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Mueller report to be released within a week, attorney general tells Congress

Atty. Gen. William Barr told Congress on Tuesday that he plans in the next week to release special counsel Robert S. Mueller III’s highly anticipated report on Russian interference in the presidential election.

Justice Department lawyers and officials in Mueller’s office are working to redact sensitive information in the lengthy document, a process that is going smoothly, Barr testified before the House Appropriations Committee.

“The process is going along very well,” Barr said, “and my original timetable of being able to release this by mid-April stands. And so I think that from my standpoint, within a week, I will be in a position to release the report to the public.”

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Barr also disclosed that Mueller declined an offer by Justice Department officials to review the attorney general’s four-page letter he sent to Congress on March 24 that summarized the special counsel’s main findings.

Setting up a likely clash with Democrats, Barr said he had no intention of providing Congress “the full, unredacted report.” Barr said he is barred by laws and federal rules from releasing information gathered by Mueller’s grand jury, or other facts that might affect continuing criminal investigations or reflect negatively on peripheral figures who were not charged with crimes. He added that intelligence agencies are also reviewing details that might harm sources and methods.

Barr appeared before the House Appropriations Committee, a hearing that would typically be a fairly dry affair focused on how the Justice Department intends to spend billions of dollars on matters such as prisons and national security.

But the attorney general, who took office in mid-February, was nevertheless peppered with pointed questions from Democrats about the 22-month Mueller probe and how much of the final report — nearly 400 pages long — he intends to make public.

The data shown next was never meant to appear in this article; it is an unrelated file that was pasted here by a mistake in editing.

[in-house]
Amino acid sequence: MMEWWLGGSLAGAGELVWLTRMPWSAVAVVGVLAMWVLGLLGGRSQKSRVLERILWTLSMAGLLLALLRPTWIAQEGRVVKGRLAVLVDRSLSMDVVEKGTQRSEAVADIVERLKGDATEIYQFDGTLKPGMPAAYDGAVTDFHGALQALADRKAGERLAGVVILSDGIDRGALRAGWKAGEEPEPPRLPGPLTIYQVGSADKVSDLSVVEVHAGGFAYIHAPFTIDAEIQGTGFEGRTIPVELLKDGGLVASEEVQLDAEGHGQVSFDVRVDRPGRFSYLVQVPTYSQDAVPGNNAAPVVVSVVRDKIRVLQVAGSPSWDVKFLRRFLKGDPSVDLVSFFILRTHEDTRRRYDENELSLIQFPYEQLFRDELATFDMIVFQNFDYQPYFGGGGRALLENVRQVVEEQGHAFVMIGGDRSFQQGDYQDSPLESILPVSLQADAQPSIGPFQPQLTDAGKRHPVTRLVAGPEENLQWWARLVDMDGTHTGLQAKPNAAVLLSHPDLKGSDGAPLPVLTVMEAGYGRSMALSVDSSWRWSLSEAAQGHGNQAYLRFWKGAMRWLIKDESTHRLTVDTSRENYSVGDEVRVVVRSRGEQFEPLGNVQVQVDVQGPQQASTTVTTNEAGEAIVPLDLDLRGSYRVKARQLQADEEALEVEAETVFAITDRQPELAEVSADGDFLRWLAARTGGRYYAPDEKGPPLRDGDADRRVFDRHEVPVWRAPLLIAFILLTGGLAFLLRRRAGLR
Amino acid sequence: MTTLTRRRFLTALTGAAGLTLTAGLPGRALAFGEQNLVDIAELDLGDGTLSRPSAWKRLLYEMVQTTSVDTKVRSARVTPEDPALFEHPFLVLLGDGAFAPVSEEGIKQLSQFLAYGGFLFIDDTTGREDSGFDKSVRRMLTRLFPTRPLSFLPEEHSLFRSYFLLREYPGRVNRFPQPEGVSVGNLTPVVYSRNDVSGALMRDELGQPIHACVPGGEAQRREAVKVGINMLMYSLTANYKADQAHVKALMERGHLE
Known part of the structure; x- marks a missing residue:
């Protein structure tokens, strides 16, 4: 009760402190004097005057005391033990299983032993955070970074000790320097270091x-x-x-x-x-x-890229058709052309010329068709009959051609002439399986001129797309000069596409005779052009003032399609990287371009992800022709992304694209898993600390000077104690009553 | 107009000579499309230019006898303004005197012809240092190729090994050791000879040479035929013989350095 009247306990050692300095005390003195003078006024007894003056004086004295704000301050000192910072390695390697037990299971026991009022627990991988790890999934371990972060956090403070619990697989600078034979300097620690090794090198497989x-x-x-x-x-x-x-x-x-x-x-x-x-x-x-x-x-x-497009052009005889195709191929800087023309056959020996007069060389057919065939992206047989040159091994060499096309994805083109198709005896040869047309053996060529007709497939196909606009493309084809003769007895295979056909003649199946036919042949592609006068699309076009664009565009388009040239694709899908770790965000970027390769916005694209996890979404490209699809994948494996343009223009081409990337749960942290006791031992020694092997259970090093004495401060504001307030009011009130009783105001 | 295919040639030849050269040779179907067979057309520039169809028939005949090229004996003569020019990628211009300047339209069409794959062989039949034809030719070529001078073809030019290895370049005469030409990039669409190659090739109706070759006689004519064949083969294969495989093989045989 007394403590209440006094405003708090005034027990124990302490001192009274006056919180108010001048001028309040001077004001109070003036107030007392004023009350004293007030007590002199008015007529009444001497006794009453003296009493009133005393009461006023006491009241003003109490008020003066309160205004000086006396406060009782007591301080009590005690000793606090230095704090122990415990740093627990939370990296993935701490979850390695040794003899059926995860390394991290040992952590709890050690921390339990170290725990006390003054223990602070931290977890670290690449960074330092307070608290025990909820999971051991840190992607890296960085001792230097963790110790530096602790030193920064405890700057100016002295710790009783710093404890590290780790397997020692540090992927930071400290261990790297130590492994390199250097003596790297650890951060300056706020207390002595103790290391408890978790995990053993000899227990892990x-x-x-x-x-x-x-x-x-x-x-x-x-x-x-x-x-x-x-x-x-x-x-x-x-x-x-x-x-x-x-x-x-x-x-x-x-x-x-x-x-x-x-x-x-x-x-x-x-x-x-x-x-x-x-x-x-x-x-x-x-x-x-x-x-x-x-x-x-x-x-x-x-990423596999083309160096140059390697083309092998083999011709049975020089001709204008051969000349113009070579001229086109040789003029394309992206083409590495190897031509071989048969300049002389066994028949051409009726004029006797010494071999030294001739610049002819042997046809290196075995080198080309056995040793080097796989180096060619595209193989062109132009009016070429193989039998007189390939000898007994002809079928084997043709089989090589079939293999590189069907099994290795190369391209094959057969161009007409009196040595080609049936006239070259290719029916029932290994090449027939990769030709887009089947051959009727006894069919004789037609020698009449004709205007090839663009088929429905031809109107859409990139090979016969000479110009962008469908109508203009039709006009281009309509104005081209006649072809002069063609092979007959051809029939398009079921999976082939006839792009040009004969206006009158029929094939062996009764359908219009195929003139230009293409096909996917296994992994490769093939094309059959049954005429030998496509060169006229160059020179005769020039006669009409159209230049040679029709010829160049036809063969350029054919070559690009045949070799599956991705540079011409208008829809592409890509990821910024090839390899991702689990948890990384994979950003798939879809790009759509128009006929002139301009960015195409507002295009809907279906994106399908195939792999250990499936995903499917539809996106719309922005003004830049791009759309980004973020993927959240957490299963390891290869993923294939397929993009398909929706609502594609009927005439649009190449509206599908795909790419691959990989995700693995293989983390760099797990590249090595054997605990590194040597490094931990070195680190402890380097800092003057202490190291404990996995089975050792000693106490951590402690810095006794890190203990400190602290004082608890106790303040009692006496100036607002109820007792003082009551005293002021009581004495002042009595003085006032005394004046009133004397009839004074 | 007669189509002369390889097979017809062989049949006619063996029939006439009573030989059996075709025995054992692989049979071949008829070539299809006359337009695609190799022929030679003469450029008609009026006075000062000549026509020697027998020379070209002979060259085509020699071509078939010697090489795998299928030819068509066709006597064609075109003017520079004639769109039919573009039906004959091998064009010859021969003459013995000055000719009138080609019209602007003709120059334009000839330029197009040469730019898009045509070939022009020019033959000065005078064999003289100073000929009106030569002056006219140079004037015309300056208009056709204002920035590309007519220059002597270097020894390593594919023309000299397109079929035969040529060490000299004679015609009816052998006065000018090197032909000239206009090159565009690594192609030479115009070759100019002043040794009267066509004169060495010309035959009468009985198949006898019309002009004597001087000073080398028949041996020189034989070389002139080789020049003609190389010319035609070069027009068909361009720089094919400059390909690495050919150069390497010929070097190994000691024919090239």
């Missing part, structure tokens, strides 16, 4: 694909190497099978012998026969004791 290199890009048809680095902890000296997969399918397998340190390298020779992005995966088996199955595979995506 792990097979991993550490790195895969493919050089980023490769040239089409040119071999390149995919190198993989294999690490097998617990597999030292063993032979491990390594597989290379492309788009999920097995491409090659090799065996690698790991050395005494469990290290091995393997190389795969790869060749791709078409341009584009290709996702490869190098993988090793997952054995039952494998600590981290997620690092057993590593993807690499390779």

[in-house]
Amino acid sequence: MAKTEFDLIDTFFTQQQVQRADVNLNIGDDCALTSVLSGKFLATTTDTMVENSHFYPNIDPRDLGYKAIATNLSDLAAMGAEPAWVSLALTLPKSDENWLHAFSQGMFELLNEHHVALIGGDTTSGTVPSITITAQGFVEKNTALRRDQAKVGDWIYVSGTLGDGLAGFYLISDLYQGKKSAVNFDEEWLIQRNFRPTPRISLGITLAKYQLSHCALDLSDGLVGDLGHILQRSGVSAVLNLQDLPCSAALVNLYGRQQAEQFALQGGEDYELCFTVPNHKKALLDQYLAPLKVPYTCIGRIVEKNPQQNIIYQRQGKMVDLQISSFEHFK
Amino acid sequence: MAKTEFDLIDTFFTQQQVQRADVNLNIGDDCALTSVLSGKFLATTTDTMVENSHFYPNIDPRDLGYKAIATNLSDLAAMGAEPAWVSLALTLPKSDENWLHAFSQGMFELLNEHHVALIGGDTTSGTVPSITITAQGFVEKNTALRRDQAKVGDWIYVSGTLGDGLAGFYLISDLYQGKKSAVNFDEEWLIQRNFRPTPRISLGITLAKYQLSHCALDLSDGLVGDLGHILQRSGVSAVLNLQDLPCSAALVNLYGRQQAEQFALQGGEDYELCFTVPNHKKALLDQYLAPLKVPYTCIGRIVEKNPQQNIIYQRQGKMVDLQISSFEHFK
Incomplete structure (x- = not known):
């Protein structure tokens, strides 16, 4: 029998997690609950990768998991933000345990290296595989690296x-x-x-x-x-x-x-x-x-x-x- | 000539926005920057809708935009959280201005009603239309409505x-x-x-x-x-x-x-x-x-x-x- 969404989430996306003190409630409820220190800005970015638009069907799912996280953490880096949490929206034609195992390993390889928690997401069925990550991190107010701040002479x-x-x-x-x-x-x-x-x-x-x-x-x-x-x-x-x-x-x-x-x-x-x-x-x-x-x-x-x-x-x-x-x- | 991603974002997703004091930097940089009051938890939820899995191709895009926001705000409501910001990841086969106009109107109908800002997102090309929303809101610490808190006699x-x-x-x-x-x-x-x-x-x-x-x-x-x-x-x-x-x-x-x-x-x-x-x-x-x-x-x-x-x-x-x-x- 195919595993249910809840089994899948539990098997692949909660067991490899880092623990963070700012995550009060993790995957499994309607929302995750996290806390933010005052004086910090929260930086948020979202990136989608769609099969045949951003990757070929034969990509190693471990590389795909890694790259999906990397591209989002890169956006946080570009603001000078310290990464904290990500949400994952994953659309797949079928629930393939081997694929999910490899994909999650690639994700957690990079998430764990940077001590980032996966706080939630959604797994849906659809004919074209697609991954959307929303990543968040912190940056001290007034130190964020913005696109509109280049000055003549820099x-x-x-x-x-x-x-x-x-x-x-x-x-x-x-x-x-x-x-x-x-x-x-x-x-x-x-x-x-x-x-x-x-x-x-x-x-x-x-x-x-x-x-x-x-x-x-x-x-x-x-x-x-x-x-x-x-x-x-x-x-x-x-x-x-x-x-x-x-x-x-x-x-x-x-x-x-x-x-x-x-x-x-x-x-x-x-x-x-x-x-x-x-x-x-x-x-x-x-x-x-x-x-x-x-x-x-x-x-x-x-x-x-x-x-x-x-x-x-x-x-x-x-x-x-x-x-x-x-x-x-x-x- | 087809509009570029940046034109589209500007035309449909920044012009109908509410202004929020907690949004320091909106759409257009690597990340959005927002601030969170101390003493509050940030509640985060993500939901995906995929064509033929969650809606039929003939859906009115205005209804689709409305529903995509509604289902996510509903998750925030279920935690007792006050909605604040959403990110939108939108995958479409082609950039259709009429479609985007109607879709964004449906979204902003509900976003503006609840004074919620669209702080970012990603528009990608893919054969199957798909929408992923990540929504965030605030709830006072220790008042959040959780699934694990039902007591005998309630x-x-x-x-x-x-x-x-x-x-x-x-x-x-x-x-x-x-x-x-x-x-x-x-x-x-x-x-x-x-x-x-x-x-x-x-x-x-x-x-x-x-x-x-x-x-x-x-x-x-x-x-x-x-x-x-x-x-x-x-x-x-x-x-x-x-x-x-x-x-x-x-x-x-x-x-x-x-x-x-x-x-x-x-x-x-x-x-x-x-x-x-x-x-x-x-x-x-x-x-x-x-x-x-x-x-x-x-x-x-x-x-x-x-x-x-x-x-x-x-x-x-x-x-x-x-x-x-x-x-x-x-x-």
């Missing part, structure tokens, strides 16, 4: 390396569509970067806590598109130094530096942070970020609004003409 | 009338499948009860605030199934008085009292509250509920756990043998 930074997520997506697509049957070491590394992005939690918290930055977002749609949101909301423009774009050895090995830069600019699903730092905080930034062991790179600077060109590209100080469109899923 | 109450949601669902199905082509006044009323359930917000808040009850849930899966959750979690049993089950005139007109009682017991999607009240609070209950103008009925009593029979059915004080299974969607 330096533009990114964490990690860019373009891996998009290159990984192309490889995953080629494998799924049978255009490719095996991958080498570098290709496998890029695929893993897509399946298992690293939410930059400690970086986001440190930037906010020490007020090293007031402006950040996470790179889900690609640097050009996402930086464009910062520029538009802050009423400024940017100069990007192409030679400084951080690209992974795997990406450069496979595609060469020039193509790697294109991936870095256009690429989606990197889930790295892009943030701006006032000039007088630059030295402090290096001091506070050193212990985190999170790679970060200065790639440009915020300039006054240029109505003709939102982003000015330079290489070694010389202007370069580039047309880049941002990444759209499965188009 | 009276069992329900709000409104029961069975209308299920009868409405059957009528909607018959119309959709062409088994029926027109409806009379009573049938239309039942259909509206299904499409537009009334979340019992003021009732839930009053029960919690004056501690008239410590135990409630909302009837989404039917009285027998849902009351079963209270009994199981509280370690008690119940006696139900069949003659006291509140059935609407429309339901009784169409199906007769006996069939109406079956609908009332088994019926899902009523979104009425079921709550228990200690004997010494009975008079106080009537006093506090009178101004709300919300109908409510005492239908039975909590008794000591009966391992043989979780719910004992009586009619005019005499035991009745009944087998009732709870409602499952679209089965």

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Democrats have been aggressively pushing to obtain the full report and have questioned how Barr could issue a sweeping summary of it just two days after receiving it from Mueller.

Rep. Nita Lowey (D- N.Y.), chair of the appropriations committee, described Barr’s handling of the matter as “unacceptable” and accused him of “cherry picking” Mueller’s findings “to draw the most favorable conclusion possible for the president.”

“Even for someone who has done this job before,” Lowey said, “I would argue it’s more suspicious than impressive.” Barr served previously as attorney general in the early 1990s, in the George H.W. Bush administration.

Barr countered that he and other Justice Department officials had already been briefed on Mueller’s findings and had a strong “inkling” about what was coming when the special counsel delivered his report on March 22.

Pressed by Republicans about the Justice Department’s initial probe into Russia’s interference in the election, Barr disclosed that the department’s internal watchdog, Inspector General Michael Horowitz, is expected to conclude an inquiry into that counterintelligence investigation. The FBI investigation into Russia’s interference and whether there were any links between Moscow and Trump associates began in July 2016 and eventually included surveillance warrants targeting Carter Page, a former Trump campaign advisor.

Barr’s four-page letter highlighted Mueller’s major findings that the special counsel’s investigation did not establish a criminal conspiracy between President Trump’s campaign and the Russian government.

Mueller did not reach a conclusion on whether Trump had obstructed justice by trying to interfere with the probe, but Barr wrote in his letter that the president had not committed a crime. The House Judiciary Committee voted last week to authorize a subpoena to obtain the full report.